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Wiegant, F., M. Bakker, W. Dijk, H. Prins and M.A.S. Huber. 2013. The Challenge of Measuring Health as the Ability to Adapt. Adaptive Medicine. 5(3):93-105.

Number of pages: 13

Type of document: Journal Article

More information on authors/freelancers connected to LBI :
Machteld A.S. Huber, M.D.

Language of document: English

Title in English: The Challenge of Measuring Health as the Ability to Adapt

Abstract / summary in English:

The pathophysiology of disease has dominated the biomedical world during the past few centuries. Lately, however, renewed interest has been observed in the phenomenon of "health". Even though this phenomenon has been defined in many different ways, an encompassing definition that can be aptly used by the scientific medical community to measure and quantify health has yet to be found. Processes known to underlie health are homeostasis, allostasis (homeodynamics), salutogenesis, adaptability, robustness and resilience. Together, they become especially important during times of stress and disbalance, allowing the body to adapt to a certain "threat" and ensuring proper functioning of the body. Focus on this ability to adapt could aid in defining health. In addition, it would allow health, as such, measurable and quantifiable. Bodily adaptations can, for example, be measured via a variety of changes in biomarkers and parameters, which reflect the capacity of various organ systems to respond and adapt to stress conditions. Potentially, specific stressors could be applied in research, to which allostatic and homeostatic responses of tested individuals might be measured. The addition of this dynamic component to the current definition of health would, thereby, mean a step forward in health research and could stimulate the development of new therapeutic strategies, optimizing current and future (preventive) health care.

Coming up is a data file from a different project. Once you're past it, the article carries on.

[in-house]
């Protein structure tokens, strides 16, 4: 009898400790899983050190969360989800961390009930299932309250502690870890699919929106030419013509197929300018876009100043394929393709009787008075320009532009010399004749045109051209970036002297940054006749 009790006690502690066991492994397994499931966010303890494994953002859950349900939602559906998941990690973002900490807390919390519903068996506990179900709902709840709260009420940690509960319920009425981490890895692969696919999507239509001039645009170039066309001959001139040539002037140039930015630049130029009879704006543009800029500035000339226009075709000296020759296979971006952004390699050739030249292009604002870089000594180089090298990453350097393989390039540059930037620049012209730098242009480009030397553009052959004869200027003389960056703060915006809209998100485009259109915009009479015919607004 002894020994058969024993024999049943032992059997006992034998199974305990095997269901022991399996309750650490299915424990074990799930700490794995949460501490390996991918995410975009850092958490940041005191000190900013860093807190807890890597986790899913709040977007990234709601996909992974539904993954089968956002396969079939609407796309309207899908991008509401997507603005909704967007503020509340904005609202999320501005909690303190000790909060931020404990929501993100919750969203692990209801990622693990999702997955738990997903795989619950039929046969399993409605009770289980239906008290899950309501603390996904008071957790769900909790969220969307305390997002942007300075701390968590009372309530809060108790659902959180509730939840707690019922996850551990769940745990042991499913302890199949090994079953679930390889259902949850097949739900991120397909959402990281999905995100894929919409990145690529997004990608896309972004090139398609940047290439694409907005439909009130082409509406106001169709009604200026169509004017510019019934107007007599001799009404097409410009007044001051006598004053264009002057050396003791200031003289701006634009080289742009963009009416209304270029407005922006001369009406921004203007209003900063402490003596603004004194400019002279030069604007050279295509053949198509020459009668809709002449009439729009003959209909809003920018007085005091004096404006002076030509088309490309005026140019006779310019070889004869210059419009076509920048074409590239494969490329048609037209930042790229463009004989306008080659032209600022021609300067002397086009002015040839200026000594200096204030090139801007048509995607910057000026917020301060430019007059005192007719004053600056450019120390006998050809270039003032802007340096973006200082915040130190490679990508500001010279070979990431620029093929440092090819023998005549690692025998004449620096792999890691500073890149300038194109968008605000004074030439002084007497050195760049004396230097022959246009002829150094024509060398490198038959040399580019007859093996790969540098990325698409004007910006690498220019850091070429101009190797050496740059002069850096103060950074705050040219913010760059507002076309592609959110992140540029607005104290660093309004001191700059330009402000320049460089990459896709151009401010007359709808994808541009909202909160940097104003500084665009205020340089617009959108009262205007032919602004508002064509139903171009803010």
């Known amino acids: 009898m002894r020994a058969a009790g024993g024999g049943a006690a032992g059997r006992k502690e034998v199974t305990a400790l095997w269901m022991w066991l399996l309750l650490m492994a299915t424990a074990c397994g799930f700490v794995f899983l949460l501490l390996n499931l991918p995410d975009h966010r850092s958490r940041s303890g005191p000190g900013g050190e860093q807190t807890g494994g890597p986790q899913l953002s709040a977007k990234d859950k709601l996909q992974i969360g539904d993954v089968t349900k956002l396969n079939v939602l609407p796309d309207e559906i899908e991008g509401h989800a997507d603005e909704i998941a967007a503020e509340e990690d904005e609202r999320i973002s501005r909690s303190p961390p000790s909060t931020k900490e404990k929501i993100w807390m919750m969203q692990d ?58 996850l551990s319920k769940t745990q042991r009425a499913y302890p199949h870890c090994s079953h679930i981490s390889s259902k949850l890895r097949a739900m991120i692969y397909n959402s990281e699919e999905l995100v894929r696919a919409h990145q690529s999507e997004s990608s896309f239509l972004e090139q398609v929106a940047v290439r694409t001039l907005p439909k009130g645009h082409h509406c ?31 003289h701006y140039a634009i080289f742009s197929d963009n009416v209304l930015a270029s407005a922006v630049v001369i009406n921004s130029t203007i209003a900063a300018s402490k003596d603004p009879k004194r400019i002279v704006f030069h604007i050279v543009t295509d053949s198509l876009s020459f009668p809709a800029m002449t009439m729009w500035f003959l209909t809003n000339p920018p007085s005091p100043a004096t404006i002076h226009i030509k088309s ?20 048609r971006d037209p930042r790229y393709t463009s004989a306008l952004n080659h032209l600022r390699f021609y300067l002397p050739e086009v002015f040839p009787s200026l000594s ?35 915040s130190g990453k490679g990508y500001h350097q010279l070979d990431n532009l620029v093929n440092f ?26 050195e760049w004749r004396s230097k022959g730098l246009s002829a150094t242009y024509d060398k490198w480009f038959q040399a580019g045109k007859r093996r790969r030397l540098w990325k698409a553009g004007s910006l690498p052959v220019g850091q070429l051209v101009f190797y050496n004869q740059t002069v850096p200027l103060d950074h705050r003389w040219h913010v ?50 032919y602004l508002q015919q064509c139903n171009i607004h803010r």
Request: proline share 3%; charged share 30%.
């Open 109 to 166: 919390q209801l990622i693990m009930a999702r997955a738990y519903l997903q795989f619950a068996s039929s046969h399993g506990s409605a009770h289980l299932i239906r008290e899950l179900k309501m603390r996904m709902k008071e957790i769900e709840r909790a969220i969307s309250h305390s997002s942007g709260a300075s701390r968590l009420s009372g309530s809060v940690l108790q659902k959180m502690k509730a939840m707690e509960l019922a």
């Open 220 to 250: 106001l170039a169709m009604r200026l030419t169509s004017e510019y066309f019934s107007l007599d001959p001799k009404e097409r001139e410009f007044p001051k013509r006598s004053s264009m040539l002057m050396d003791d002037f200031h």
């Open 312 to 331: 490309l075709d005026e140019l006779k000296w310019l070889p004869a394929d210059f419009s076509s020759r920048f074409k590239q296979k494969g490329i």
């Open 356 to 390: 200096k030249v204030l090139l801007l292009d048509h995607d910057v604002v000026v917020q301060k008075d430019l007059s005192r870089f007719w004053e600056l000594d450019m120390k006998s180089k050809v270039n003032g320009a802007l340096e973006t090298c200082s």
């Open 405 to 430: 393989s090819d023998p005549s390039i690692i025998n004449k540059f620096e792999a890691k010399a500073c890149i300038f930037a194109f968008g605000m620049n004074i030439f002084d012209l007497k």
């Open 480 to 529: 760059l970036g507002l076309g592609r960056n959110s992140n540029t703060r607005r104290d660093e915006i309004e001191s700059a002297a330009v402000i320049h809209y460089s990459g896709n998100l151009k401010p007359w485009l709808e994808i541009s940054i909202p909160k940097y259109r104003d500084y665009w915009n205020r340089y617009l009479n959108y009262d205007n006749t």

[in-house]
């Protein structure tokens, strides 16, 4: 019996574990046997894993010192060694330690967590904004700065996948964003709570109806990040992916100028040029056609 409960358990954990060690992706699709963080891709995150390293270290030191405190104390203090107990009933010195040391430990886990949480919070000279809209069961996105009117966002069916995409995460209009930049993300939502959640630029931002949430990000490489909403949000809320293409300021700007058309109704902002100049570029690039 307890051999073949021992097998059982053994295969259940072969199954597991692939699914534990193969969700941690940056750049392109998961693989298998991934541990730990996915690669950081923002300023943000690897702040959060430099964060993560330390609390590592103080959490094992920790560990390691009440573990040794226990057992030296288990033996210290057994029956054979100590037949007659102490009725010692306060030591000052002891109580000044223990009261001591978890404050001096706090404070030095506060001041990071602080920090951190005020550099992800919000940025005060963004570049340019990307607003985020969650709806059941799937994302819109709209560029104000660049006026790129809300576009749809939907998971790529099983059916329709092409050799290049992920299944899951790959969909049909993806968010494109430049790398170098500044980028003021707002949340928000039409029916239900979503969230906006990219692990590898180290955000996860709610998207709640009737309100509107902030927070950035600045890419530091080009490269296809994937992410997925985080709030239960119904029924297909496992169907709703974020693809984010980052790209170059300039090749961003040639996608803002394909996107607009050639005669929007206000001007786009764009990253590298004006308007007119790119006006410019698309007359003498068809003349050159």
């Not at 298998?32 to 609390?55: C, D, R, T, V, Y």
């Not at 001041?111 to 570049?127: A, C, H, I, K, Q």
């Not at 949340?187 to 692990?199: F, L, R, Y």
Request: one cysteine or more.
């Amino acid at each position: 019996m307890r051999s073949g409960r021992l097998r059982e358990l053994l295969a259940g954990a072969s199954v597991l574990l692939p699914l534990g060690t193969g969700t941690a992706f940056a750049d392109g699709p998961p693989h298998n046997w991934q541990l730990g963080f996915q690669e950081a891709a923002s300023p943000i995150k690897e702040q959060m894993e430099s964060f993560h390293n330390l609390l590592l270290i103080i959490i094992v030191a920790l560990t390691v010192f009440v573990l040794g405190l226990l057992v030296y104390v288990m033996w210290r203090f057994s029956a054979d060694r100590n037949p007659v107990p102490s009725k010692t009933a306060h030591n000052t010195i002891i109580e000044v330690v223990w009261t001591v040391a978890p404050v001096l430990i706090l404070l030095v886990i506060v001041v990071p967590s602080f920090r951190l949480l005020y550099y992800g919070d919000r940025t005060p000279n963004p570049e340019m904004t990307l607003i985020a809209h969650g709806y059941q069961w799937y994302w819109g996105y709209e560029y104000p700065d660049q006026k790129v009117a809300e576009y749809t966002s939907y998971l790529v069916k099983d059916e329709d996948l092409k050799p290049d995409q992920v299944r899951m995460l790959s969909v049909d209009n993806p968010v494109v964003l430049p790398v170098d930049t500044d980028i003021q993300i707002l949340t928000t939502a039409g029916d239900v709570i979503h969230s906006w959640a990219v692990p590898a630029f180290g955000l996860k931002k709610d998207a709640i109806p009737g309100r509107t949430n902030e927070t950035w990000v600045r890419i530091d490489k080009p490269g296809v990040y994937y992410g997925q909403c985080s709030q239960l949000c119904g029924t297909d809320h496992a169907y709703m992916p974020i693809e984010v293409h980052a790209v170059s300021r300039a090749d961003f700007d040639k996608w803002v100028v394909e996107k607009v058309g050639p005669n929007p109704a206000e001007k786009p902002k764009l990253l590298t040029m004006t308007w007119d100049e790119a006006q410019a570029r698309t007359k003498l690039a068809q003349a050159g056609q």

Keywords in English: Health concepts and measurements; adaptability, allostasis, health, resilience, homeostasis